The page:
Bienvenidos! Welcome to Ecuador. Sitting at an altitude of 2,850 metres, under the gaze of Volcan Pichincha, Quito is one of the most attractive cities in South America. Your adventure starts with a welcome meeting at 6 pm. You can arrive at any time as there are no activities planned until this important meeting. We'll be collecting your insurance details and next of kin information at this meeting, so please ensure you have all these details ready. If you have time, take a walk down the famous Calle La Ronda, Quito's oldest street. La Ronda is a peek into the colonial past of the city. This awesome street offers the city's best in one place. You may even wish to explore further beyond the city and visit Otavalo, Cotopaxi, the Cloud Forest or the Equatorial Monument. You local representative will have further recommendations. Notes: This trip visits places that are at high altitude, and as a result some people can suffer from altitude sickness, regardless of age or physical health. Please see the ‘Health’ section of the trip notes for more important information on this. Also note that due to Intrepid's internal safety policy, leaders are specifically prohibited from recommending or assisting with booking any diving excursions in the Galapagos.
Early in the morning you will be transferred to Quito airport for your flight to Isla San Cristobal in the Galapagos (approximately 3.5 hours). Departure time is between 8.20 am and 10.30 am, depending on the time of your flight. Your flight (approximately 3.5 hours in total) will stop in Guayaquil to pick up more passengers. Landing at around midday, meet your naturalist guide who will transfer you to your hotel. In the afternoon, head to the Interpretation Center to learn about the history of the islands and the challenges local conservationists face. Then you'll head to the Cerro Tijeratas (Frigatebird Hill) which is located 2 kilometres from the interpretation centre, southwest of Isla San Cristobal. It is a bit of a climb to the top, but your reward is an amazing view of the bay. From here you can see the 140-metre-tall Kicker Rock, its twin volcanic slabs looming large in the ocean. Soon after you will travel to La Loberia to enjoy some snorkelling, perhaps spotting sea lions and sea turtles as you swim around. Notes: The Galapagos National Institute has introduced a mandatory Transit Control Card which will cost you USD20. You will need to purchase this card upon arrival at the domestic airport on Day 2, prior to checking in to your Galapagos flight. Also, upon arrival to the archipelago you will need to go through immigration and pay the Galapagos National Park entrance fee of USD100 in cash (preferably in small bills).
You second day in Isla San Cristobal begins with a short boat ride to Isla Lobos (approximately 1 hour or less). This island boasts the second-largest sea lion colony in the world, not to mention the tallest lighthouse on the entire continent. Along the way you can observe the abundant sea life that the Galapagos is renowned for. You might be lucky enough to spot nesting frigate birds and blue-footed boobies. On arrival you can head out into the water for some quality swimming and snorkelling time. You might find yourself in the midst of turtles, Manta rays and maybe the odd Galapagos shark (don't worry – they're harmless!). Then it's time to head back to base and relax.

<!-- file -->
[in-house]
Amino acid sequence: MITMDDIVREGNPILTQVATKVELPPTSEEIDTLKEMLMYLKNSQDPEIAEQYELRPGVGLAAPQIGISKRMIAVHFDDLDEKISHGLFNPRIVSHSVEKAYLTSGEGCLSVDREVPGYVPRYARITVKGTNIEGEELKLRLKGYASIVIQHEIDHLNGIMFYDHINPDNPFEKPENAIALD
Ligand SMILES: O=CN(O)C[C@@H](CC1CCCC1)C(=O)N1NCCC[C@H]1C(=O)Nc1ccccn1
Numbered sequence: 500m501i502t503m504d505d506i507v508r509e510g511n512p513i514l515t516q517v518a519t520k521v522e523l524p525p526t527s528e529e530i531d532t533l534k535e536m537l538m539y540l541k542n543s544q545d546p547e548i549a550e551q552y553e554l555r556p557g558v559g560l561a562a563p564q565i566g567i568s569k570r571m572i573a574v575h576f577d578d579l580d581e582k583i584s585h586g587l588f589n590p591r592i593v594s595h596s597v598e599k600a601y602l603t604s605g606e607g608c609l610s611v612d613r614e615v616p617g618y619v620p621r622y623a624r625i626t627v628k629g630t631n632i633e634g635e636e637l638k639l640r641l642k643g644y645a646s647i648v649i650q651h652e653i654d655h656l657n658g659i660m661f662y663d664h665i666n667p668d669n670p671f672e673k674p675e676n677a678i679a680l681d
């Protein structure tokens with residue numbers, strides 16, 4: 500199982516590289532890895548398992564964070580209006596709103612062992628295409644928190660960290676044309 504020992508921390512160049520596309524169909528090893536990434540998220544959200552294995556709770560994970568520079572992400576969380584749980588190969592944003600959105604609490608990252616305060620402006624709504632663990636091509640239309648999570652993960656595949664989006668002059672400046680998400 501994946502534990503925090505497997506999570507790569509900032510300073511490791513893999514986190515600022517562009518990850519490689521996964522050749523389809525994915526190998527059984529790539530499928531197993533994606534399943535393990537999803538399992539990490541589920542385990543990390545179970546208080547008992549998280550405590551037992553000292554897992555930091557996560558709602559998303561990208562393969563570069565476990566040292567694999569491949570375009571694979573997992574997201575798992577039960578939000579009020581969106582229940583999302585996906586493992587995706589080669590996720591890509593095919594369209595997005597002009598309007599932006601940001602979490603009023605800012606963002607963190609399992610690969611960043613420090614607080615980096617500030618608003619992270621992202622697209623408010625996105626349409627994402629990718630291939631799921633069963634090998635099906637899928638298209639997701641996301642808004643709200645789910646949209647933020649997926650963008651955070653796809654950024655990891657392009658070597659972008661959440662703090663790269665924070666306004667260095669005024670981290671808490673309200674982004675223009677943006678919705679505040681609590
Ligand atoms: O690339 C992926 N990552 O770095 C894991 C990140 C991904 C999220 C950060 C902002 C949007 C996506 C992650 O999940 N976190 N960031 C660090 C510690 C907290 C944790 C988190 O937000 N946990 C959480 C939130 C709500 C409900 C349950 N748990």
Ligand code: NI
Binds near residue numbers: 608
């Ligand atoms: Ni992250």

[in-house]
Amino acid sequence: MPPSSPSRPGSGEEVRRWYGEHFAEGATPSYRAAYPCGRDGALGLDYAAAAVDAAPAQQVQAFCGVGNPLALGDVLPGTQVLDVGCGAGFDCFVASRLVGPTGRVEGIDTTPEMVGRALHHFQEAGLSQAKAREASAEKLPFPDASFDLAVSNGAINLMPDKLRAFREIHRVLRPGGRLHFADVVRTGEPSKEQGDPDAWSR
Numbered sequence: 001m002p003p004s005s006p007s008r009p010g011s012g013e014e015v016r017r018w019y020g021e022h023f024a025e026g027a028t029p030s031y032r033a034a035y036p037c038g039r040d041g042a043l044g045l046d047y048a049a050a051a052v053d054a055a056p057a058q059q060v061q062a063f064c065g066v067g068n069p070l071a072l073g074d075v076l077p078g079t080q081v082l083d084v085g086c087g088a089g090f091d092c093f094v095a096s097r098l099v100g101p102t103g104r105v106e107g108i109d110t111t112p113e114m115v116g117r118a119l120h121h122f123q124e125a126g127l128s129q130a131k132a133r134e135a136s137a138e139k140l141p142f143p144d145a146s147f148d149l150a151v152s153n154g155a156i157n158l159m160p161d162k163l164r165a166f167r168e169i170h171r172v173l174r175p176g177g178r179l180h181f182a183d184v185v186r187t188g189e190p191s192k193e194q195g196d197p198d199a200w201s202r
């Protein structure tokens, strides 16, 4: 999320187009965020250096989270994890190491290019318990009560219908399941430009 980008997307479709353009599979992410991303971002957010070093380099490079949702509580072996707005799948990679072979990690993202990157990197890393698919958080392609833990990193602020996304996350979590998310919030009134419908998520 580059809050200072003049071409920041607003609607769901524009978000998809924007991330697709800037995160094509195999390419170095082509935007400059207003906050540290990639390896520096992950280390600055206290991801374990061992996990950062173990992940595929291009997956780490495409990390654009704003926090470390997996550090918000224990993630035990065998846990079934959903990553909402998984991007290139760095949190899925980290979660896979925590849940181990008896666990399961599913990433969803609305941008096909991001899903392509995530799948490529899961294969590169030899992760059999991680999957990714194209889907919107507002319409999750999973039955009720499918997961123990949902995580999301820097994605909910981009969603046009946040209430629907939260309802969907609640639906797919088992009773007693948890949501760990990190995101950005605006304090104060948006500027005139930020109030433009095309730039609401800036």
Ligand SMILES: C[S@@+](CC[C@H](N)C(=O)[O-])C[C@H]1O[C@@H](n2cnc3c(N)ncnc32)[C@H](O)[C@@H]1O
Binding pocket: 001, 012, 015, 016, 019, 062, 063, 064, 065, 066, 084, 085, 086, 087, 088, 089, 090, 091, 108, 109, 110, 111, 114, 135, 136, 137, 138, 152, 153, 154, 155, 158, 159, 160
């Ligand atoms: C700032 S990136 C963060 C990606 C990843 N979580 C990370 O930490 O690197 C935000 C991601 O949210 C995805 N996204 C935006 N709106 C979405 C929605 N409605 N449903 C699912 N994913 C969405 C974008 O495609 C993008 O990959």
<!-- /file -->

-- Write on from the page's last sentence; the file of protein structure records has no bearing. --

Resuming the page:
Early in the morning you will take off to Floreana Island, travelling by private speed boat (approximately 2.5 hours). Go for a snorkel and then enjoy some lunch. You'll head ashore to a black-sand beach at the home of the Wittmer family, who were some of the island's first settlers. Floreana Island was the first Galapagos island to be settled, and today has less than 200 inhabitants. There is a colourful human history to be discovered here, full of intrigue and mystery, including whalers, wildfires and of course exotic wildlife. You will have the chance to read up on how life came to be on Floreana and how some lives mysteriously ended. Next, board your private speedboat once again and continue to Isla Santa Cruz, home to the largest town in the Galapagos Islands (approximately 1.5 hours).
Today after breakfast you will go to the Charles Darwin Research Station. This not-for-profit organisation has been operating since 1959. The station's visitor centre is an essential stop for anyone interested in the archipelago's natural and human history. It's great for learning about the local conservation of the unique ecosystems of the Galapagos. It also offers the chance for close-up encounters with giant tortoises, and you can see many newborn and young giant turtles too – they're here as part of the breeding program to reintroduce the creatures to their natural habitat. In the afternoon you will venture to the higher part of Santa Cruz to observe giant tortoises roaming around in the wild. These fascinating animals can weigh as much as 400 kilograms.
Today is a free day for you and your family to explore Isla Santa Cruz Island as you please. You can choose from a variety of optional activities, if you like. You might like to head out to Tortuga Bay beach, which is a fairly short walk away (approximately 45 minutes). The walk to the lovely Las Grietas gorge, past cactus fields and lava rock formations, is also a good choice. Alternatively, visit the buzzing local fish market, where cheeky pelicans try to get in on the daily catch. You might like to simply stay in Puerto Ayora, soak up the seaside ambience and make some of your own discoveries. The town itself is nice and small, perfect for exploring on foot.
Transfer to the airport for your return flight to Quito. You can expect to arrive at your hotel at around 3 or 4 pm. Enjoy an evening exploring Quito, or perhaps kick back and relax with your family and fellow travellers.
There are no activities planned for the last day of the trip and you can depart at any time. Hotel check out is normally at midday.